Hacienda Luisita Workers: Bloodied but Unbowed

Union grieves for murdered Hacienda union chief

“Ganun si kapitan. He would risk everything for us. It can only be those who feel threatened by him and the union who would want to kill him.” Thus said a Hacienda Luisita worker of murdered union leader Ricardo Ramos.


HACIENDA LUISITA, Tarlac – While rain poured all day on Thursday, Oct. 27, majority of the remaining officers of Hacienda Luisita’s Central Azucarrera de Tarlac Labor Union (CATLU) met at the village hall of Barangay Mapalacsiao. It was a gloomy day indeed as the meeting was called to discuss the union’s plans of action after the murder of their president, 47-year old Ricardo Ramos.

Ramos, who was also on his second term as village chair of Mapalacsiao, was shot at the head around 8 p.m. of Oct. 25. He died on the spot.


Romeo Sarate, CATLU director for the medical department and one of the newly-elected union spokespersons, called the murder of Ramos as “another treacherous act by the Cojuangco-Aquino clan.”

He said they were on the verge of sealing a deal with the CAT management after several backdoor negotiations with Ernesto Teopaco, vice president for operations.

Around 700 mill workers belonging to the CATLU staged a simultaneous strike with about 5,000 plantation workers of the Hacienda under the United Luisita Workers’ Union (ULWU) Nov. 6 last year. The 6,443-hectare Hacienda Luisita estate is owned and operated by the family of former President Corazon Cojuangco-Aquino of the powerful Cojuangco clan in Tarlac.

CATLU president Ricardo Ramos, slain Oct. 25, speaks in a protest action in Manila shortly before his death
On Nov. 16, seven striking workers and supporters were massacred in the most violent picketline dispersal recorded in history.

After almost a year of on-and-off negotiations, Sarate said both union and management have finally agreed to defy the Department of Labor and Employment (DOLE) order and give the workers a P15 wage increase and a P13,000 signing bonus, among others. The DOLE earlier ordered a measly P12 wage increase and P12,500 signing bonus.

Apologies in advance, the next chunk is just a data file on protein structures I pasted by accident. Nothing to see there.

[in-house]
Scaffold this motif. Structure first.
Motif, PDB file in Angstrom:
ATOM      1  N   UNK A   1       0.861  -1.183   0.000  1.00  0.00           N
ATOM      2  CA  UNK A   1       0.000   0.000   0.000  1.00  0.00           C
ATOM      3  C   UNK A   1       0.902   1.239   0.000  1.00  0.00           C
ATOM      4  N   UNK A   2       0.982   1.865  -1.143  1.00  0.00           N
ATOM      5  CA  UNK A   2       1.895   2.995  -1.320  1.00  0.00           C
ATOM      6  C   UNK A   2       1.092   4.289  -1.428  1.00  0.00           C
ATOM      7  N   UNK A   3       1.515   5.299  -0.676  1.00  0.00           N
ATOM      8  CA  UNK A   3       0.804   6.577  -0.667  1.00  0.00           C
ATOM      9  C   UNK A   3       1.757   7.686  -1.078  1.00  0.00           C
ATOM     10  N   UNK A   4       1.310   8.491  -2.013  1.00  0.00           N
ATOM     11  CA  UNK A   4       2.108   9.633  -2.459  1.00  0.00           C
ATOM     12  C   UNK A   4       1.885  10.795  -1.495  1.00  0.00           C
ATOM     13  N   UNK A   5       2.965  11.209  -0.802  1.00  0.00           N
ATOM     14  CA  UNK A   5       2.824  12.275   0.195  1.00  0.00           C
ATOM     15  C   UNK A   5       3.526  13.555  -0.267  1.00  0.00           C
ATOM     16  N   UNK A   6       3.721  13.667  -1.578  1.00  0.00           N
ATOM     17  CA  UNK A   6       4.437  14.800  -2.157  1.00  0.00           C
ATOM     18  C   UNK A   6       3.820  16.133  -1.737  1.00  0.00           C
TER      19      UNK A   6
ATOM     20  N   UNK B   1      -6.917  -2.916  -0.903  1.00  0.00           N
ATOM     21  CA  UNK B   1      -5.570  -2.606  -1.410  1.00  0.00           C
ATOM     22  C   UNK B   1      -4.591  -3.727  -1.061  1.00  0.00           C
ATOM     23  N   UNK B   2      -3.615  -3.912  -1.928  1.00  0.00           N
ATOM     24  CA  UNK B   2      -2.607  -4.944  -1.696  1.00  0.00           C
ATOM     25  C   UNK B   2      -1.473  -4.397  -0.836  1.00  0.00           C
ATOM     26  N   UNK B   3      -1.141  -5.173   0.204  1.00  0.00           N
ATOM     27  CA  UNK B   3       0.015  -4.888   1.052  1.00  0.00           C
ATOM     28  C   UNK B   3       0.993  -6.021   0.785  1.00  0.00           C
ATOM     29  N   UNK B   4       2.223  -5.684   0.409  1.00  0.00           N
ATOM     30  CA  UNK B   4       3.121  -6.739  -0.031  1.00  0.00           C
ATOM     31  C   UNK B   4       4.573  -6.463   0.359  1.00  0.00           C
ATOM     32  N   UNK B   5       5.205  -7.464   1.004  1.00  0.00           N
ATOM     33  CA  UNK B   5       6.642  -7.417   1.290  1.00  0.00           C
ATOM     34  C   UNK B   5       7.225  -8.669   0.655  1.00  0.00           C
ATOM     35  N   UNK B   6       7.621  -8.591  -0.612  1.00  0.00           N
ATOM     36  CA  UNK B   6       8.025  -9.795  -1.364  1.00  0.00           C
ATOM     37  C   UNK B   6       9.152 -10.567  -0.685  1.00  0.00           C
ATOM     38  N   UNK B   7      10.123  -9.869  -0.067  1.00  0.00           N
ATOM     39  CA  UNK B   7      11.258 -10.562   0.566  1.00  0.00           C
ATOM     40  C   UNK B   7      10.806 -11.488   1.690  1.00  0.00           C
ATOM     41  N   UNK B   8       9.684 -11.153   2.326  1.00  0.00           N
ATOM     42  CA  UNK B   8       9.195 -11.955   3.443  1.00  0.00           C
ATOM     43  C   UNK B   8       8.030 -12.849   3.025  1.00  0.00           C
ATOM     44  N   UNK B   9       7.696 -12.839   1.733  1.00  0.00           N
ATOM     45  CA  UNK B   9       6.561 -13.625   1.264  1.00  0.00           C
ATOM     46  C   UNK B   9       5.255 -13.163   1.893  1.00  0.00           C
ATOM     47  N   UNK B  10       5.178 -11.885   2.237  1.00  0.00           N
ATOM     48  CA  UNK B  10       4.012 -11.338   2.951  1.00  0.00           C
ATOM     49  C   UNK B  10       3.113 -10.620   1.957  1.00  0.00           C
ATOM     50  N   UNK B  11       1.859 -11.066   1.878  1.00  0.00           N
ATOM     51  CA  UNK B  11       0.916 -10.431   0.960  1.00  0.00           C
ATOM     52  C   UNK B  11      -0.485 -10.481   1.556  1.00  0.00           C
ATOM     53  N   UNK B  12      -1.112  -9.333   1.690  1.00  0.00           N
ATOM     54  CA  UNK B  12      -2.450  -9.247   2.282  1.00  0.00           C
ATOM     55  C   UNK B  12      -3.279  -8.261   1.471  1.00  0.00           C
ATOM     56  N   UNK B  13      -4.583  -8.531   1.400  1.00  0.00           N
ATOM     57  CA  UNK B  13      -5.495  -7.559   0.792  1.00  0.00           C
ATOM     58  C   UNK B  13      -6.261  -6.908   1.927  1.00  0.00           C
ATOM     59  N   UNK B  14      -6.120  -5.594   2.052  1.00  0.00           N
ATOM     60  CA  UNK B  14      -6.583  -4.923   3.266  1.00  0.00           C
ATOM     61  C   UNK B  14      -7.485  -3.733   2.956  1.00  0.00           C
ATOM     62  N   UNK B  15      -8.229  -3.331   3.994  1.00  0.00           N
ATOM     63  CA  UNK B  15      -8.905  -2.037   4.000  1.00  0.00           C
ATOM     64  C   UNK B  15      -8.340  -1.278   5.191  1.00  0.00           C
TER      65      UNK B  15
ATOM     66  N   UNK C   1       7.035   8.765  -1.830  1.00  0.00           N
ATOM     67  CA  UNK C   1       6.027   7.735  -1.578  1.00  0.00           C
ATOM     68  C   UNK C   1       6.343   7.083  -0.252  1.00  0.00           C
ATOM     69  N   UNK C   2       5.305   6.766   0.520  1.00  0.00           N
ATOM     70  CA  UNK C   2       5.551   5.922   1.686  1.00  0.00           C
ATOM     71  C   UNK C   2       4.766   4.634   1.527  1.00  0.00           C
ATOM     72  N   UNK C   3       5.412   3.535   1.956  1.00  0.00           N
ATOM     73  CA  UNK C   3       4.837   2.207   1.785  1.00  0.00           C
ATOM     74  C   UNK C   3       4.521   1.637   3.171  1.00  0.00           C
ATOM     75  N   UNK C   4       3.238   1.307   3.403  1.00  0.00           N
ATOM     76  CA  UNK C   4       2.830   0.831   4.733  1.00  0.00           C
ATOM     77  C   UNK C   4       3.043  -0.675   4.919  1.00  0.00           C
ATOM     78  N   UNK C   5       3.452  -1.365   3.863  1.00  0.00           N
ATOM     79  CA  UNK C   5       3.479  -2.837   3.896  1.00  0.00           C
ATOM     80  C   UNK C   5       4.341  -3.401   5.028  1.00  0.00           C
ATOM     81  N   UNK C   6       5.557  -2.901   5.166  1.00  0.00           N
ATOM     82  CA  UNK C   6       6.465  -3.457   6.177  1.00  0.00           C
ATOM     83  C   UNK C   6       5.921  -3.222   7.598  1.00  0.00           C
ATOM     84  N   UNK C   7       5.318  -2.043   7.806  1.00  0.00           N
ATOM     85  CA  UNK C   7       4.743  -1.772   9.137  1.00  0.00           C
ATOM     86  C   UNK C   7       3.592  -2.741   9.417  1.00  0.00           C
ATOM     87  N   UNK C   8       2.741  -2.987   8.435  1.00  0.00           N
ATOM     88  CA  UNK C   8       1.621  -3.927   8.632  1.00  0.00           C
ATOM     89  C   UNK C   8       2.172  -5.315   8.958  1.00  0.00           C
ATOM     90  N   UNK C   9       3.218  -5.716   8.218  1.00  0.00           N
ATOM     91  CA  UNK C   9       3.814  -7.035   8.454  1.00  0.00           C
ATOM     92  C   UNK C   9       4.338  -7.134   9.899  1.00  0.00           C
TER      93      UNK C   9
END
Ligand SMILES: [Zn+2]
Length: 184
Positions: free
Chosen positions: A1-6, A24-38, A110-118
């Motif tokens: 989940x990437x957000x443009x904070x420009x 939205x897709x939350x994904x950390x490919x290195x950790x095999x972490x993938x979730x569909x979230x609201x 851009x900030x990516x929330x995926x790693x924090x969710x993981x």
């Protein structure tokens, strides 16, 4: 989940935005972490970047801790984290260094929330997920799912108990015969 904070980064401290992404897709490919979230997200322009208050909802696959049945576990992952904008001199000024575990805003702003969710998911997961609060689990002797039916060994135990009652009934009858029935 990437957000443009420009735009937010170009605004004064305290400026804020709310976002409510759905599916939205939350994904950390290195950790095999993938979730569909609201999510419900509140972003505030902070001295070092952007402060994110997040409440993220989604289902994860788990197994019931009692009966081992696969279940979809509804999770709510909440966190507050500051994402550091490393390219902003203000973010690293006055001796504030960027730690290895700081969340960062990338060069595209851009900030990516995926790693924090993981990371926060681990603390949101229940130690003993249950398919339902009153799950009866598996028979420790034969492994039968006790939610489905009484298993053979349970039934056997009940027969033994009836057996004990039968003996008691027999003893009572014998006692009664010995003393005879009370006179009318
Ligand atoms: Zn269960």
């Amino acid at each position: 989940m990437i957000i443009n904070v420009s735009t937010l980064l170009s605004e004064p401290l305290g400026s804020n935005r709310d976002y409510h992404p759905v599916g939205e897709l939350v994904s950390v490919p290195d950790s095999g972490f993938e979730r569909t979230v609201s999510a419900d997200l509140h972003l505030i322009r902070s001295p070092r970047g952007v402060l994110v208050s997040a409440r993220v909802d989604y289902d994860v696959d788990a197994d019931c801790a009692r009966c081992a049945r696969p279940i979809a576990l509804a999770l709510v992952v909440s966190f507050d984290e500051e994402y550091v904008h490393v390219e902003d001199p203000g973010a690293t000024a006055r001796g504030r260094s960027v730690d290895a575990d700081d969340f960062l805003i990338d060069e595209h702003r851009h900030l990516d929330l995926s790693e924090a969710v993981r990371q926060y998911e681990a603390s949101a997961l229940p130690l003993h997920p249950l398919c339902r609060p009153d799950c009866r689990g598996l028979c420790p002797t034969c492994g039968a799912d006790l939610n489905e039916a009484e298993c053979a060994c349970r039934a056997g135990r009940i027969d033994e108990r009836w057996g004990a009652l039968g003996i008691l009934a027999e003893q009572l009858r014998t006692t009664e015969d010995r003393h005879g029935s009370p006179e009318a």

Sarate said the negotiations with Teopaco should have led to the signing of a Memorandum of Agreement (MoA) and could have been part of the union’s triumph over the strike.

But prior to the backdoor negotiations with management, the union has petitioned DOLE for the release of their earned wages prior to the strike, including their 13th month pay and Christmas bonus for the year 2004. The DOLE should have confiscated some eight thousand bags of sugar amounting to P8.8 million as early as the last week of September so the workers could receive their back wages.

But Sarate said the CAT management lobbied for time and promised to release the workers’ earned wages on Oct. 21. The next day, Oct.22, the DOLE confiscated the bags of sugar. In the morning of Oct. 25, Ramos, assisted by the DOLE-Region III, led the release of the earned wages, with each worker receiving around P25,000 each.

Together with friends and some village officials, Ramos was celebrating the union’s victory when he was shot dead that same night.

Hard stance

Ramos was “Kap” (short for barangay captain) to his constituents or simply “Pres” (short for president) to union members. Either way, Ramos was known to the people of the hacienda as a firm and dependable leader.

In the course of their 11-month strike, Sarate said their president proved he was for the welfare of the workers and the hacienda people in general.

On several occasions, Ramos proved he could neither be cowed nor bribed.

A few days before the DOLE confiscated bags of sugar from the mill, Sarate said Teopaco called on Ramos to sign a document stating that the union was already settling its issues with management, therefore, the levying of CAT property was not necessary. Sarate said Ramos declined to sign it.

Sarate added that what could have made Ramos a bigger pain in the neck for the Cojuangcos was the condition he imposed before any MoA could be signed between the union and the management – that the Cojuangcos should also settle the labor issues between CAT’s sister company, Hacienda Luisita, Inc., which operates the plantation, and the ULWU.

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  1. · Edit

    (tweaked by Maria Elizabeth Embry)

    Hacienda Luisita, 42 years Blowin’ in the Wind (1968-2010)

    How many more Hacienda Luisita farmers must die

    Before we can call ’em owners of their land?

    Yes, ‘n’ how many Laws they must passed

    Before you can call it an Agrarian Reform Law?

    Yes, ‘n’ how many more farmers the guards must slay

    Before you can say it is enough?

    The answer, my friend, is blowin’ in the wind,

    The answer, indeed is blowin’ in the wind.

    How many times must Hacienda Luisita farmers fight

    Before they can see the end of their plight?

    Yes, ‘n’ how many ears must one man have

    Before he can hear the farmer cry?

    Yes, ‘n’ how many massacres will it take till Noynoy wakes up

    That too many Hacienda Luisita sakadas have died?

    The answer, my friend, is blowin’ in the wind,

    The answer, indeed is blowin’ in the wind.

    How many years can the Hacienda Luisita farmer’s plea exists

    Before it’s heard by y’all?

    Yes, ‘n’ how many years can Hacienda Luisita farmers complain

    Before they’re allowed to be right?

    Yes, ‘n’ how many times can some people turn their heads,

    Pretending they just do not see?

    The answer, my friend, is blowin’ in the wind,

    The answer, indeed is blowin’ in the wind.

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